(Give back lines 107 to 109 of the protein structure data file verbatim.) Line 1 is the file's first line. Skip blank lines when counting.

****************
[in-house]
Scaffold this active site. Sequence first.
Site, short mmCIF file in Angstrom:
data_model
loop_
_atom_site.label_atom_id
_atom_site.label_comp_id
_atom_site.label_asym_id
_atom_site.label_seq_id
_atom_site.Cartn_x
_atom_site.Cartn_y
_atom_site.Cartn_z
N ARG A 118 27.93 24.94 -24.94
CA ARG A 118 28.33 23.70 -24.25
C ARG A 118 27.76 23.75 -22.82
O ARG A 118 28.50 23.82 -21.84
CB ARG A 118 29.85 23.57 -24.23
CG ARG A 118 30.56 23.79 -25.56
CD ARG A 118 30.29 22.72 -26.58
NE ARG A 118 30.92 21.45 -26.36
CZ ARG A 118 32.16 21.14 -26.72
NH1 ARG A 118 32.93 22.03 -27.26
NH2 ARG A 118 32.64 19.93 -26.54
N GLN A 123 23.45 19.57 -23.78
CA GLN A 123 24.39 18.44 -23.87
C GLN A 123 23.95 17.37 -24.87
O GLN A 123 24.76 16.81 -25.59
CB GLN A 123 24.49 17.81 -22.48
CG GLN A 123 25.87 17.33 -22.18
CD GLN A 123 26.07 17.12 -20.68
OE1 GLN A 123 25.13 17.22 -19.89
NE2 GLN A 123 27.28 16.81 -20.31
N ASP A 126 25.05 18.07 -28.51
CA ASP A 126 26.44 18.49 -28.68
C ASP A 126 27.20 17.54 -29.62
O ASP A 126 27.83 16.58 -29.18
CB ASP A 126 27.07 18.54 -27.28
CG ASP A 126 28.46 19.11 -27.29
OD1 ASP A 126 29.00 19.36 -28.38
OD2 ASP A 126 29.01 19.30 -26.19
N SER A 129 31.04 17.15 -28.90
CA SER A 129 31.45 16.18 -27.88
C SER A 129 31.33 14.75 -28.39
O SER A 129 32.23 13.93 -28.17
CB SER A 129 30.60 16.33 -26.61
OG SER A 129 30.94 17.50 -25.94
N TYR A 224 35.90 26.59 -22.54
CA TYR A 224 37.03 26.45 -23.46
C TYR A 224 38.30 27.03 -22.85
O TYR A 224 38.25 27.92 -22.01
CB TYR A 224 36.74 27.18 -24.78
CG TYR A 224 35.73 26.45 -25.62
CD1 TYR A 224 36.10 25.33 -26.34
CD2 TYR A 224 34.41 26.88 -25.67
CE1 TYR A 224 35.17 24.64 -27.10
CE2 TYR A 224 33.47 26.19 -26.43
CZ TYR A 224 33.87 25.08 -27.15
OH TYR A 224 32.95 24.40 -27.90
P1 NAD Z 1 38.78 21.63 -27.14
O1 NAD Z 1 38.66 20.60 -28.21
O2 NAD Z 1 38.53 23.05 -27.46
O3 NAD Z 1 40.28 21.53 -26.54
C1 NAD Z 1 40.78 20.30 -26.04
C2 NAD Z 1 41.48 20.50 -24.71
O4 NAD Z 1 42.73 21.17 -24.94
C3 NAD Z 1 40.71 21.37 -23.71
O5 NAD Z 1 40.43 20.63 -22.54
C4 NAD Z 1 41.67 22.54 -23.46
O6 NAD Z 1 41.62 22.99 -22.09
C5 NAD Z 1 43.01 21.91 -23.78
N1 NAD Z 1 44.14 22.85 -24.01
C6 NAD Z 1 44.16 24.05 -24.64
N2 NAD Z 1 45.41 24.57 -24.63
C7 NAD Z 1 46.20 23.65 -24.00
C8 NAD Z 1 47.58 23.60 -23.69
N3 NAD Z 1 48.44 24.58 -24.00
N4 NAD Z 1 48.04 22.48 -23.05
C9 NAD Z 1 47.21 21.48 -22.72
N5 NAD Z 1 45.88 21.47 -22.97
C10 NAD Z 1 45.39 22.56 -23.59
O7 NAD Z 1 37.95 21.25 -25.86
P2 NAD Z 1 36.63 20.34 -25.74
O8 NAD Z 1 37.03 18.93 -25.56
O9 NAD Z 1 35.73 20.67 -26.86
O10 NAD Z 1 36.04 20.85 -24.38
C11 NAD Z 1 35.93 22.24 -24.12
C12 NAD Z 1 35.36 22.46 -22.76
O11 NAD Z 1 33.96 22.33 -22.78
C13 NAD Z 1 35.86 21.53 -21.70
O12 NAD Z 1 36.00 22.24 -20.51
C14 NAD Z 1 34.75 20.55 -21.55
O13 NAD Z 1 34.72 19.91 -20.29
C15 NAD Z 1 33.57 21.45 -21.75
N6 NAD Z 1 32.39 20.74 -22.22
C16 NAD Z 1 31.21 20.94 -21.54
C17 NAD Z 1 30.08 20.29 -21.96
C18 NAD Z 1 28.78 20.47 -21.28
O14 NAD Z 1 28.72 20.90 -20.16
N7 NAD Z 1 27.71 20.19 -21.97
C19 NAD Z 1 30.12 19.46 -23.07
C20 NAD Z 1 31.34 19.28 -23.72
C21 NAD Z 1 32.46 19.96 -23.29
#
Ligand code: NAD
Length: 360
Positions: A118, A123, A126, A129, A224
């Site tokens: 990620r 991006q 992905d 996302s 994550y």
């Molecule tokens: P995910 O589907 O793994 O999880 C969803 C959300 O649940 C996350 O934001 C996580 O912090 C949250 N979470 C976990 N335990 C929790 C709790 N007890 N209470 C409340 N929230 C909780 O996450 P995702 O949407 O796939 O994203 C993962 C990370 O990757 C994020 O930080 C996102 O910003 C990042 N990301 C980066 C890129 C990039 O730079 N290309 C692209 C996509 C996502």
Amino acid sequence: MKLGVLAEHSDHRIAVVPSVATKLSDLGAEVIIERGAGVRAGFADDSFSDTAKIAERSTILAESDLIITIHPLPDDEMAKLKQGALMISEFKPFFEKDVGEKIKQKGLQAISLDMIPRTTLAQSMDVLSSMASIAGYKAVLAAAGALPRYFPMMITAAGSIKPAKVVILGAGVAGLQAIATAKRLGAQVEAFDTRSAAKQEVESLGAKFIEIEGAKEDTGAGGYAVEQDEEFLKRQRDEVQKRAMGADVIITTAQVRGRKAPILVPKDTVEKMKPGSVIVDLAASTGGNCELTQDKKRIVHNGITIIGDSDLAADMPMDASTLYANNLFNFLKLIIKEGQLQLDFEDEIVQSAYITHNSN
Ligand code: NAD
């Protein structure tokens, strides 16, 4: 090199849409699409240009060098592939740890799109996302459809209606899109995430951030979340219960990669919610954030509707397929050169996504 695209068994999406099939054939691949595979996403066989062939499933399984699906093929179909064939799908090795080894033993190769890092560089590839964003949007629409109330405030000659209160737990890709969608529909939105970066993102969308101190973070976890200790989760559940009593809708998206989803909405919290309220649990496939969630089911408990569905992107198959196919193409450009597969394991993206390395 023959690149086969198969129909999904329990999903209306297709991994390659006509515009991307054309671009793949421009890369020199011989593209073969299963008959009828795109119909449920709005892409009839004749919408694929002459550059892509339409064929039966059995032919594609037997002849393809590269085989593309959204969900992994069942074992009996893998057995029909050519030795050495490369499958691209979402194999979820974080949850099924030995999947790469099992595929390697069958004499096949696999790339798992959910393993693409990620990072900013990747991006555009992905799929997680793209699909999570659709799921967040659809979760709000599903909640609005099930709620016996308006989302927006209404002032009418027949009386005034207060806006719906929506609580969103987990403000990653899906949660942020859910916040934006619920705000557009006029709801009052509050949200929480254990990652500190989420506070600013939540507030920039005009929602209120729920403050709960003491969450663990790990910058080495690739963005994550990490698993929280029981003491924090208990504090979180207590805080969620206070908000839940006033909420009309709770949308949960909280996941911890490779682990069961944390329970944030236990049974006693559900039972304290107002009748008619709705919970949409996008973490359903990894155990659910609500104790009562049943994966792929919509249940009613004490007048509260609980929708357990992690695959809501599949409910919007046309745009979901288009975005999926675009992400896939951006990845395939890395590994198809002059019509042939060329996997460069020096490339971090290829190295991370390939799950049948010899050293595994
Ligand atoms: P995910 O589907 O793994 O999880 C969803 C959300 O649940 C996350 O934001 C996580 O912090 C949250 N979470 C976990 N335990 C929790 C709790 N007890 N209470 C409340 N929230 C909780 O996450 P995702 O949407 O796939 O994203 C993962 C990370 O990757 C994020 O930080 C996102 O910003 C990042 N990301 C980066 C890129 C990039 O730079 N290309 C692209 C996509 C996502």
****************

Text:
């Site tokens: 990620r 991006q 992905d 996302s 994550y």
């Molecule tokens: P995910 O589907 O793994 O999880 C969803 C959300 O649940 C996350 O934001 C996580 O912090 C949250 N979470 C976990 N335990 C929790 C709790 N007890 N209470 C409340 N929230 C909780 O996450 P995702 O949407 O796939 O994203 C993962 C990370 O990757 C994020 O930080 C996102 O910003 C990042 N990301 C980066 C890129 C990039 O730079 N290309 C692209 C996509 C996502």
Amino acid sequence: MKLGVLAEHSDHRIAVVPSVATKLSDLGAEVIIERGAGVRAGFADDSFSDTAKIAERSTILAESDLIITIHPLPDDEMAKLKQGALMISEFKPFFEKDVGEKIKQKGLQAISLDMIPRTTLAQSMDVLSSMASIAGYKAVLAAAGALPRYFPMMITAAGSIKPAKVVILGAGVAGLQAIATAKRLGAQVEAFDTRSAAKQEVESLGAKFIEIEGAKEDTGAGGYAVEQDEEFLKRQRDEVQKRAMGADVIITTAQVRGRKAPILVPKDTVEKMKPGSVIVDLAASTGGNCELTQDKKRIVHNGITIIGDSDLAADMPMDASTLYANNLFNFLKLIIKEGQLQLDFEDEIVQSAYITHNSN